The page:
Tesia Kosmalski / Minneapolis, MN/USA — Jul 4, 2018
Bryn Owain travels to a moss-covered volcanic island to potentially heal her painful skeletal disorder. Bryn arrives to find a beautiful landscape that is both charmed and handicapped by it’s natural resources.
Geothermic energy manufacturing now exports its product. Because of this, the energy has become too expensive for its own people and the landscape is being over-harvested.
However the same scientists treating Bryn, have already treated the local mosses and brought their numbers back. For their first human patient, the hope is that synthesized human bone and moss tissue will the thrive in the fractures of her bones.
We’re not certain about the efficacy of the procedure. What is certain is that Bryn is refiguring her own future by recovering through a photosynthetic transgenesis.
In this series, she seeks the status of Campylopus Osteoflexus, the synthesized moss strain thriving near the heat of her internal organs.
Journey to Ehfyega
My casts are thinning
and auto-oxygen levels increasing
So I go high on an asphalt lane
split down the center
of the ashen fields of Ehfyega.
To the east, the kindred, mutant moss
Campylopus Osteoflexus, thrives
In the fields of the volcano’s past violence.
The moss, Campylopus Introflexus,
was synthesized to become Campylopus Osteoflexus.
This strain was selected for my internal implant
because of the moss’s love for an array of environments
including sulphuric, geothermic terrain.
My fractures still recur.
But the Osteoflexus was already combatting
the small jabs to my esophagus
inspired by the car ride.
My scans also reveal its success
in the warmth of my shoulder blades
sternum and thoracic vertebrae.
The radiant green
is a blinding photonic glare
when the moss reflects green light
back out my pupils
These goggles evenly deflect green light
before it presses through the chloroplasts
behind my eye sockets.
in sudden vibrations
of violent rock
Ehfyega pulls me
at the suck of desiccation.
My Geigers didn’t predict this tectonic shift.
I’d been tracking my bone biomarkers
and the island’s seismic activity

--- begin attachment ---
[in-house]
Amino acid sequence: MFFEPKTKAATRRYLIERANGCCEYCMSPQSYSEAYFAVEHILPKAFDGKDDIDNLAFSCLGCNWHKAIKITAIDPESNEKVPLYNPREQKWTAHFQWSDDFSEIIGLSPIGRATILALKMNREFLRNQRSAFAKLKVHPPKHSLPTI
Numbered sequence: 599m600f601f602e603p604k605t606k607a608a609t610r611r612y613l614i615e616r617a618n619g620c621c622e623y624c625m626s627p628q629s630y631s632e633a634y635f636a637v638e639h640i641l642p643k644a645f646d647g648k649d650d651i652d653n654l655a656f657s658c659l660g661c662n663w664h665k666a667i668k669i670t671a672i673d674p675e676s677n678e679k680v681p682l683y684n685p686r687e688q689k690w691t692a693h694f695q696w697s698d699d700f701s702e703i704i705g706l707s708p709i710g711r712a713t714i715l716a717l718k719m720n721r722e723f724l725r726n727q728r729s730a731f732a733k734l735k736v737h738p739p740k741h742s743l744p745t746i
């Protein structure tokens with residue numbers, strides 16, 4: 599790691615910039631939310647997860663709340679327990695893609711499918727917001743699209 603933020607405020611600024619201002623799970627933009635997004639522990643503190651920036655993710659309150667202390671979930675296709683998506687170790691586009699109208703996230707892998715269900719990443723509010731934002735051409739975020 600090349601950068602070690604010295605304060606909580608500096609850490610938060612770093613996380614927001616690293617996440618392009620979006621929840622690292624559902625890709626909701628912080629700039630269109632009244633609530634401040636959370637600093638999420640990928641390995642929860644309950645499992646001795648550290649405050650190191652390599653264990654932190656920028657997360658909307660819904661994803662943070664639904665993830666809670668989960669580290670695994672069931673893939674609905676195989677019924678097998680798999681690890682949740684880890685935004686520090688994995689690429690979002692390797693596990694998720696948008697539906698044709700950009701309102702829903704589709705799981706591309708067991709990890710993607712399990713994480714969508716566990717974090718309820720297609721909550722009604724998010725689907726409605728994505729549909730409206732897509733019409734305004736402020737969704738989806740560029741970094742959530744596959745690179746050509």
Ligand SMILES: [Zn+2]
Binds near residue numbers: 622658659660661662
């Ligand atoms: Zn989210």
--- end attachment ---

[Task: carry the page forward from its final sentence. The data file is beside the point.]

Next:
to anticipate any potential fractures.
The yellow and red spongy threads
of my partnered moss suffer
wilt, without steam from empty boreholes.
I record the location
take a sample to inspect
borrow some remnants of steam
to warm my recent Osteoflexus now at risk.
I look towards Ehfyega to return me.
The analogy of glacier to bone, magma to marrow, inspires a woman to heal her painful skeletal disorder by traveling to a moss-covered, volcanic island. Scientists there have been synthesizing human bone and moss tissue to encourage new plant growth in an over-industrialized landscape. Could this same synthesis transform new growth in her ailing body as well?
This woman is now in a post-procedure, photosynthetic transgenesis. The web residency will be her platform to explore a new, self-defined, non-Anthropocene existence. One that depends less on ambivalent medical institutions and more on treatment plans like hers. This autonomous female body can also produce oxygen internally to reclaim its own healing. However, she’s now intricately connected to an ailing landscape. Her senses are undergoing extreme changes. And her connection to synthetic biology is problematic. But, she believes in reimagining a future of healing for the refigured female body.
The residency will see proposed 3D models of bones with allowances for moss growth. Poetry will be posted that reflects her morphing notions of language and time. Photographs and animations will outline the treatment plans she built for herself and her home. Maps, charts, and anatomical drawings will visualize volcanic activity, bone reconfiguration, and moss density, both on the island and within her body. And draft specifications for wearable items will accommodate her new physical state.
© 2023 Akademie Schloss Solitude and the author